William Wantling, In the Enemy Camp: Selected Poems 1964-1974 (Introduction by John Osborne, Foreword by Thurston Moore).

“I can make good word music and rhyme,” declares the narrator of William Wantling’s “Poetry,” “and even sometimes take their breath away—but it always somehow turns out kind of phoney.” A veteran of the Korean War, a criminal and junky, Wantling’s poetry was forged in the crucible of San Quentin Prison where he fled to escape the paralyzing conformity of his Midwest home-town of Peoria, Illinois, described in the title poem as an “enemy camp.” The collected poems, which include elegies to fellow outsiders, among them Billie Holiday, Lenny Bruce, and Lester Young—do their best to conceal their author’s careful craft and literary eclecticism, echoed by Wantling’s deployment of poetic forms, among them syllabics, sonnet, sestina and haiku. Many of the poems reflect on the authenticity and relevance of writing verse: “Poetry,” set in San Quentin Prison, ends with the stabbing of a prisoner (“the blood that came to his/ lips was a bright pink, lung blood”) and concludes with the lines “what could consonance and assonance or / even rhyme do with something like that?”

Wantling’s poems are littered with references to heroin, the Korean War, San Quentin Prison, hard drinking, LSD, cocaine and mescaline but there are also allusions to T.S. Eliot, Samuel Beckett and Hemingway. As John Osborne points out in a trenchant introduction to this collection, the title “Things Exactly as They Are” “comes from Wallace Stevens’s long poem ‘The Man with the Blue Guitar,’ itself inspired by Picasso’s painting The Old Guitarist.” While there is a temptation to read Wantling’s sinewy poems biographically, they are strewn with a coterie of narrators, some of whom confess to murder and others who revel in theft and heroin addiction:


High, once I ate 3 scoops of ice-cream

High it was the greatest

Greater than the Eiffel Tower

Greater than warm sex, sleepy

Early on a morning


In “Essay on Being 35,” the narrator chronicles his crippling depression (“If I could snap out of this funk/ I’d have enough energy to kill myself”) in a language that is startlingly detached: “I taught my wife to masturbate/ so I could sleep more/ or at least lay there/ & stare at the wall/ She cries while she does it.”

A number of the poems brim with wry, dark humour, including “A metaphysical promise from one who is quite angry that all dreams soon become nightmares:”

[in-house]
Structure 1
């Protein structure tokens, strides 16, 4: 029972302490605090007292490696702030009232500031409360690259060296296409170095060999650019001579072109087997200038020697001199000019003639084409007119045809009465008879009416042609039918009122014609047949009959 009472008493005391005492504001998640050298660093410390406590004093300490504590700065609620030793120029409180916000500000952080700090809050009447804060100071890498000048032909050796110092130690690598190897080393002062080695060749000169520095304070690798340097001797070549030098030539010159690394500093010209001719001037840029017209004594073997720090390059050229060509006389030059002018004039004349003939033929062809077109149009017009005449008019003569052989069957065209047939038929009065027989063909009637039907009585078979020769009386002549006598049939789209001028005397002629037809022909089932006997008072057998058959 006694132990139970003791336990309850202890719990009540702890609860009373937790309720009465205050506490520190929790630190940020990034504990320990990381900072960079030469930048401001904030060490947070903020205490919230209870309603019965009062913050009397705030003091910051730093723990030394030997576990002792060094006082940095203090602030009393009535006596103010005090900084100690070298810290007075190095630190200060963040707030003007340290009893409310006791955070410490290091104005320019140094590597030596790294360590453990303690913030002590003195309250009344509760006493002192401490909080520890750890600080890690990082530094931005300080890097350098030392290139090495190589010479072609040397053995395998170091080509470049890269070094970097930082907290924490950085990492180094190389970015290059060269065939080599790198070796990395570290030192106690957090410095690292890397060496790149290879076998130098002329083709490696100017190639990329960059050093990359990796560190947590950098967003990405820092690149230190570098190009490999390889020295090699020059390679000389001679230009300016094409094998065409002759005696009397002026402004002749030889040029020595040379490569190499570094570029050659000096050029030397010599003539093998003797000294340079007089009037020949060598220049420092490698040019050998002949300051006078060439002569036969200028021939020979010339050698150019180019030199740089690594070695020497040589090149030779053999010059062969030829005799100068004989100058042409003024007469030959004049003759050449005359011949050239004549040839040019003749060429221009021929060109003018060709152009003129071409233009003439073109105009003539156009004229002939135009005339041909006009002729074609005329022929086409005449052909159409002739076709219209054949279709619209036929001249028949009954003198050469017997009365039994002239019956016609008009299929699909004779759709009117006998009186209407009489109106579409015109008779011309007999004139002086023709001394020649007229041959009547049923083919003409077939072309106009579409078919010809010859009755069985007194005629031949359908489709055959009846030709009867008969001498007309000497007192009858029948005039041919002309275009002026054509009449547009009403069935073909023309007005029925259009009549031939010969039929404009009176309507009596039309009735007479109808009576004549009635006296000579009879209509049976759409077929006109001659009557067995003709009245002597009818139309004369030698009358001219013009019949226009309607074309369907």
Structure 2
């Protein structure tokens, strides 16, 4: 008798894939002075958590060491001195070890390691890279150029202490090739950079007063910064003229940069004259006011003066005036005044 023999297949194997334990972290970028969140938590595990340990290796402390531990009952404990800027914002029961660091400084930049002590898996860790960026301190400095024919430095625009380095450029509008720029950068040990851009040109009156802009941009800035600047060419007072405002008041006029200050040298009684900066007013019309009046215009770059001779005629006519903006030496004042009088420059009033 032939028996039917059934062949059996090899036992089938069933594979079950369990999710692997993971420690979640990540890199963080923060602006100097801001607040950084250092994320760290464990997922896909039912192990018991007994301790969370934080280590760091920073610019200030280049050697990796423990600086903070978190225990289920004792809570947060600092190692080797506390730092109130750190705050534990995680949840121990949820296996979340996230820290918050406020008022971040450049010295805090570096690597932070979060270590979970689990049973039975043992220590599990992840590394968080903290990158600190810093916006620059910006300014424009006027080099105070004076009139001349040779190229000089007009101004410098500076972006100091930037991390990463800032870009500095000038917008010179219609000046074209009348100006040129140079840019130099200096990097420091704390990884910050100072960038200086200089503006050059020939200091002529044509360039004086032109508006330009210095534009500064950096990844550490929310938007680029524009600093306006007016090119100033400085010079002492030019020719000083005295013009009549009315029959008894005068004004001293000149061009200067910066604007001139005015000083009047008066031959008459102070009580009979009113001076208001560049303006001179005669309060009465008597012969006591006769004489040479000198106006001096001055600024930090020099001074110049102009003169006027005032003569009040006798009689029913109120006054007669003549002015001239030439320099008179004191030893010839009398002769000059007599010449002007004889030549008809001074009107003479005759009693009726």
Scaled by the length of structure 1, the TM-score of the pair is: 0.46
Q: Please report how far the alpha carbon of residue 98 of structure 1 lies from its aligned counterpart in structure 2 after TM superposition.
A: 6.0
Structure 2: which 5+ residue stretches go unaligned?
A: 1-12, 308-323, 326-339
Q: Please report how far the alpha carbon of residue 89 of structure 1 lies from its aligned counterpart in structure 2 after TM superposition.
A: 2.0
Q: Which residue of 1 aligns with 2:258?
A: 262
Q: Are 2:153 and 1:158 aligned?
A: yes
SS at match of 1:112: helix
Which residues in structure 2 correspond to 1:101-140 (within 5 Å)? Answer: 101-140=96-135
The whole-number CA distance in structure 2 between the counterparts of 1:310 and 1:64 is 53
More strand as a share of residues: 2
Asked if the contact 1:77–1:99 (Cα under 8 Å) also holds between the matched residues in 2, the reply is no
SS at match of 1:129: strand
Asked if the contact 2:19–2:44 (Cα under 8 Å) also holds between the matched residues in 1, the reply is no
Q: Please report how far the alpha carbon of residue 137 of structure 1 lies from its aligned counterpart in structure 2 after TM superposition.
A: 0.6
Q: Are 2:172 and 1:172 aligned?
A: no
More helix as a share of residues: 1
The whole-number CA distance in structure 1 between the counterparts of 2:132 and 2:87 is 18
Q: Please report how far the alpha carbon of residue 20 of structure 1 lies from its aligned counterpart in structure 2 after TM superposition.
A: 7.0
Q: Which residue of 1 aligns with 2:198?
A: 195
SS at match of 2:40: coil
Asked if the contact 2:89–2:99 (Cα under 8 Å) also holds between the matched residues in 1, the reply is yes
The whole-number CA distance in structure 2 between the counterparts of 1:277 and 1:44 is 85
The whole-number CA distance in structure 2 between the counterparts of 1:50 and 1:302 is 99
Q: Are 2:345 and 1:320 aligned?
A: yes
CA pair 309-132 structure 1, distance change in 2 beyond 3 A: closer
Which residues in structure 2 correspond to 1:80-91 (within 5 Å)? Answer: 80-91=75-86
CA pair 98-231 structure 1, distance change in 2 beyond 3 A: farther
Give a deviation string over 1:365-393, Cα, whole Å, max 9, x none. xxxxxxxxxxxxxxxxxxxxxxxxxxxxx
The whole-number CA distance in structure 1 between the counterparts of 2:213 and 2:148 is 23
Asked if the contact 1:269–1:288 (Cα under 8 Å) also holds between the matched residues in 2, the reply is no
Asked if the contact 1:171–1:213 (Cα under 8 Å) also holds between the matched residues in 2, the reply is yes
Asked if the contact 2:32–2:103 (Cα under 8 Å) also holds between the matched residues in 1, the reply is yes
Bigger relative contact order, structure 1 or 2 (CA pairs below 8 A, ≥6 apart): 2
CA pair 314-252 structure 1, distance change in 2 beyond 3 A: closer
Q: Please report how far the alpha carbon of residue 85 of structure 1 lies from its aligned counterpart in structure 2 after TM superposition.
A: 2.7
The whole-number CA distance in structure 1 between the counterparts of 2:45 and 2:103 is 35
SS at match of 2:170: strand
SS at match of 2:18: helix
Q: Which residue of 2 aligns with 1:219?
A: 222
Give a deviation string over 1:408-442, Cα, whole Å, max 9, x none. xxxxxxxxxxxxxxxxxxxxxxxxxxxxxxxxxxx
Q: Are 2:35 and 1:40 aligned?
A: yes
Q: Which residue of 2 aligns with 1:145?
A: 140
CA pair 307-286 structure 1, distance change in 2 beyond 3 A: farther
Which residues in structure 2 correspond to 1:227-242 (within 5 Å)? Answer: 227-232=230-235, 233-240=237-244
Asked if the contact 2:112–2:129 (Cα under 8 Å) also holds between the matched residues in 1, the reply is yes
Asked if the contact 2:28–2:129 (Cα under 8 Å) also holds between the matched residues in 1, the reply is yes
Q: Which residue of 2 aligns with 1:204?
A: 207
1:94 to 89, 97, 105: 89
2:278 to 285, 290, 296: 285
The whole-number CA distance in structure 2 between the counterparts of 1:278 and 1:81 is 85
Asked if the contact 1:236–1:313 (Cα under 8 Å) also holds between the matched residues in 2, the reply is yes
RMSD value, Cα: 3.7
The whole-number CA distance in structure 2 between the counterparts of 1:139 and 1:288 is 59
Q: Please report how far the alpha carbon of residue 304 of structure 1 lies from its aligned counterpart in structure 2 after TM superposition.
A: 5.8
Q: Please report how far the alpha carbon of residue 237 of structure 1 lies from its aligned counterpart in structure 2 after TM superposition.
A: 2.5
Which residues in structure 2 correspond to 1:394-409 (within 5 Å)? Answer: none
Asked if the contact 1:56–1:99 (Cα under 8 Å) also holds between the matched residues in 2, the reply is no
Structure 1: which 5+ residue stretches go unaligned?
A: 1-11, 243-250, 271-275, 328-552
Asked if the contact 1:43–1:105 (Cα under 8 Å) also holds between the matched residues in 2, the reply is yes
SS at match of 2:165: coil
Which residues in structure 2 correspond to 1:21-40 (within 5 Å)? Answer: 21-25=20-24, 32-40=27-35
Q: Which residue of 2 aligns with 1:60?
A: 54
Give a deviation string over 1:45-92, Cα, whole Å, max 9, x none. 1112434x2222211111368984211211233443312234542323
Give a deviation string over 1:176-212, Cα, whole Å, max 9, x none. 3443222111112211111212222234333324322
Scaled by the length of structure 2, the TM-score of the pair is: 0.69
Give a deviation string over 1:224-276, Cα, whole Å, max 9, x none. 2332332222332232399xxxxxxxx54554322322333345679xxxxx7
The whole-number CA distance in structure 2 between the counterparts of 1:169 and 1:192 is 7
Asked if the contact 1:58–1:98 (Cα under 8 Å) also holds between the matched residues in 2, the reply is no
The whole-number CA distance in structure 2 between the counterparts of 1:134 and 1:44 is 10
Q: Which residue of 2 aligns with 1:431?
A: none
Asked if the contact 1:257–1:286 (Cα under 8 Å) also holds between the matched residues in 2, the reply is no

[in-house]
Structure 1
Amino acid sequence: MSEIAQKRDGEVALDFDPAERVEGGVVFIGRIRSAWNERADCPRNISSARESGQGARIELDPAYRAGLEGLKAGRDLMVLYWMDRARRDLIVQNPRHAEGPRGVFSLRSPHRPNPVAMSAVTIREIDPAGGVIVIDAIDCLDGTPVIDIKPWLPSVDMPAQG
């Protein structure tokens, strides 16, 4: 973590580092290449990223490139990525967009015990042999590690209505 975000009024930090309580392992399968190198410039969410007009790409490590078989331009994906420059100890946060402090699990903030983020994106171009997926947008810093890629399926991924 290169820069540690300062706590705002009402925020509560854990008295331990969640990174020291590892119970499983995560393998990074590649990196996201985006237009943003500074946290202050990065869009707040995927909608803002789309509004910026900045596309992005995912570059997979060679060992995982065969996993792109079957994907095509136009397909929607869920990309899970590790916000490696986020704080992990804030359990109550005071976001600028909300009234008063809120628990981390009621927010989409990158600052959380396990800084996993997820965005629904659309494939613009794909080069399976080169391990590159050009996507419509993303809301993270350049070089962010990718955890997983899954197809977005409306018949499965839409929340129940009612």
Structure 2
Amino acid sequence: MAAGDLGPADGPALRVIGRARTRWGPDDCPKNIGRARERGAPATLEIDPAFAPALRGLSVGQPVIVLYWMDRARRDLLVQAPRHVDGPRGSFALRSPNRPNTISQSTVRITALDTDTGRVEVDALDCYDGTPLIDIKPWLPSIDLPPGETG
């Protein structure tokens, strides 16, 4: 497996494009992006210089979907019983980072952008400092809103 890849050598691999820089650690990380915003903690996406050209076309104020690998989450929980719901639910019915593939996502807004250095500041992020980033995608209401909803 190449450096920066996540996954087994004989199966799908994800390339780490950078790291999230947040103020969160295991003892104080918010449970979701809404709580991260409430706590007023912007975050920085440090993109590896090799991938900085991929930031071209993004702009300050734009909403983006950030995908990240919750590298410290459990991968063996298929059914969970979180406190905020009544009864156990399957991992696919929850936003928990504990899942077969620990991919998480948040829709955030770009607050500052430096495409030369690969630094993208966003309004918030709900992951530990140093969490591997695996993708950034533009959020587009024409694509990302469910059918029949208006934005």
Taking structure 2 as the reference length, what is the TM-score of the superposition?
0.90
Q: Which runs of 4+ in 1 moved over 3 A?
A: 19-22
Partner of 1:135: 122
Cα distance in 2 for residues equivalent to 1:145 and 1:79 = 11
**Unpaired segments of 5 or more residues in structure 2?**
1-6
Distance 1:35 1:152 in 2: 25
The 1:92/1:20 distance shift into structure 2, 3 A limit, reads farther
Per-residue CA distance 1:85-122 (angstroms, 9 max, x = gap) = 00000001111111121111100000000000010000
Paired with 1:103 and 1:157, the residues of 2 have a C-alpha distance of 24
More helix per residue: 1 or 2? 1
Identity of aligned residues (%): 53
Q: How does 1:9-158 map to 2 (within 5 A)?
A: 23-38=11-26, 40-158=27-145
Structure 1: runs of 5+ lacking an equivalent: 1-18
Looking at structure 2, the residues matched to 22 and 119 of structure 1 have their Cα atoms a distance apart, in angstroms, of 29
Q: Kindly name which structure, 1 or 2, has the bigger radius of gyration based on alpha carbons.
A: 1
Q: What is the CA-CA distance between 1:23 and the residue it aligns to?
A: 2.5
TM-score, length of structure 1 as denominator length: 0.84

I’ll kill you, God

First chance I get


And “A short treatise on love and perversion with psychoanalytic overtones”


My father slept

My mother wept

and I became the horned goat between them


Nearly a quarter of the collected poems are Haiku, a form that Wantling respects and embellishes:


I don’t want to say goodbye

but I think it’s being said

for me


Here, as elsewhere, Wantling’s casual mastery of technique hoodwinks the reader. Many of the poems employ rhyme and half-rhyme but Wantling’s attention to form is hidden in the dark intimacy of his verse. Longer poems, including “Dirge in Spring,” a meditation on the accidental killing of a young blind hare, frequently ask the reader to consider how violence affects the perpetrator, a theme echoed in poems about the Korean War where Wantling explores how soldiers are ravaged by the horrors of war in which they participate. Indeed, as Osborne rightly notes, Wantling’s “place as the preeminent American poet of the Korean War has yet to be properly recognized.”

Wantling’s long stints in prison and his Midwestern background kept him out of the Beat circles, although he published in a number of little magazines, among them Jeff Nuttall’s My Own Mag, also appearing alongside Nuttall and Alan Jackson in the Penguin Modern Poets 12 (1968) . For a while, it seemed that Wantling would make it: his collection The Awakening was Christopher Logue’s recommended book of the year in a 1967 issue of the Times Literary Supplement, but his death in 1974, aged forty, put paid to any chances of a Bukowski-like resurrection, a writer with whom he is compared.  Wantling, as Osborne notes in the introduction “is excluded from every one of the standard anthologies of modern American poetry.” This handsomely produced volume brings Wantling out of the shadows that he inhabited and back to the fringes of poetry where he belongs. These are poems written in darkness by a writer who stared at the sun.
Doug Field

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